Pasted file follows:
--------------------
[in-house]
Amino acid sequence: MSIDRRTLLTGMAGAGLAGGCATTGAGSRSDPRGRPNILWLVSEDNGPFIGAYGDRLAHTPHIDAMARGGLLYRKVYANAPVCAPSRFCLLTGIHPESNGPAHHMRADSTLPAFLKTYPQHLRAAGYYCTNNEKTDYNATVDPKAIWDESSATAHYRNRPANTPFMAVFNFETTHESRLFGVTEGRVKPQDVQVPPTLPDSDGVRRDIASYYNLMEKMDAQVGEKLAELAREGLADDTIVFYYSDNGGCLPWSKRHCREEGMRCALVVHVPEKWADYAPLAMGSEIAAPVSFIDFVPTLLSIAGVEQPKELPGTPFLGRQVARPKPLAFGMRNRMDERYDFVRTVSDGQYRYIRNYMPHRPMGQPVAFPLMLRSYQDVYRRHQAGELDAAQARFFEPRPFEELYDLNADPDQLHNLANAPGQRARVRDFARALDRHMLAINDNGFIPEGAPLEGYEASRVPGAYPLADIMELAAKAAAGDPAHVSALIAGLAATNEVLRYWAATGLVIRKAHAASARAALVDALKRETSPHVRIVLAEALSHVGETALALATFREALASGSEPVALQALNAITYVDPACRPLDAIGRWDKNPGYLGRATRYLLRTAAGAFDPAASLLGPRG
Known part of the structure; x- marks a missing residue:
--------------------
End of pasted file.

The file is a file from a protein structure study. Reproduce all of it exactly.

[in-house]
Amino acid sequence: MSIDRRTLLTGMAGAGLAGGCATTGAGSRSDPRGRPNILWLVSEDNGPFIGAYGDRLAHTPHIDAMARGGLLYRKVYANAPVCAPSRFCLLTGIHPESNGPAHHMRADSTLPAFLKTYPQHLRAAGYYCTNNEKTDYNATVDPKAIWDESSATAHYRNRPANTPFMAVFNFETTHESRLFGVTEGRVKPQDVQVPPTLPDSDGVRRDIASYYNLMEKMDAQVGEKLAELAREGLADDTIVFYYSDNGGCLPWSKRHCREEGMRCALVVHVPEKWADYAPLAMGSEIAAPVSFIDFVPTLLSIAGVEQPKELPGTPFLGRQVARPKPLAFGMRNRMDERYDFVRTVSDGQYRYIRNYMPHRPMGQPVAFPLMLRSYQDVYRRHQAGELDAAQARFFEPRPFEELYDLNADPDQLHNLANAPGQRARVRDFARALDRHMLAINDNGFIPEGAPLEGYEASRVPGAYPLADIMELAAKAAAGDPAHVSALIAGLAATNEVLRYWAATGLVIRKAHAASARAALVDALKRETSPHVRIVLAEALSHVGETALALATFREALASGSEPVALQALNAITYVDPACRPLDAIGRWDKNPGYLGRATRYLLRTAAGAFDPAASLLGPRG
Known part of the structure; x- marks a missing residue: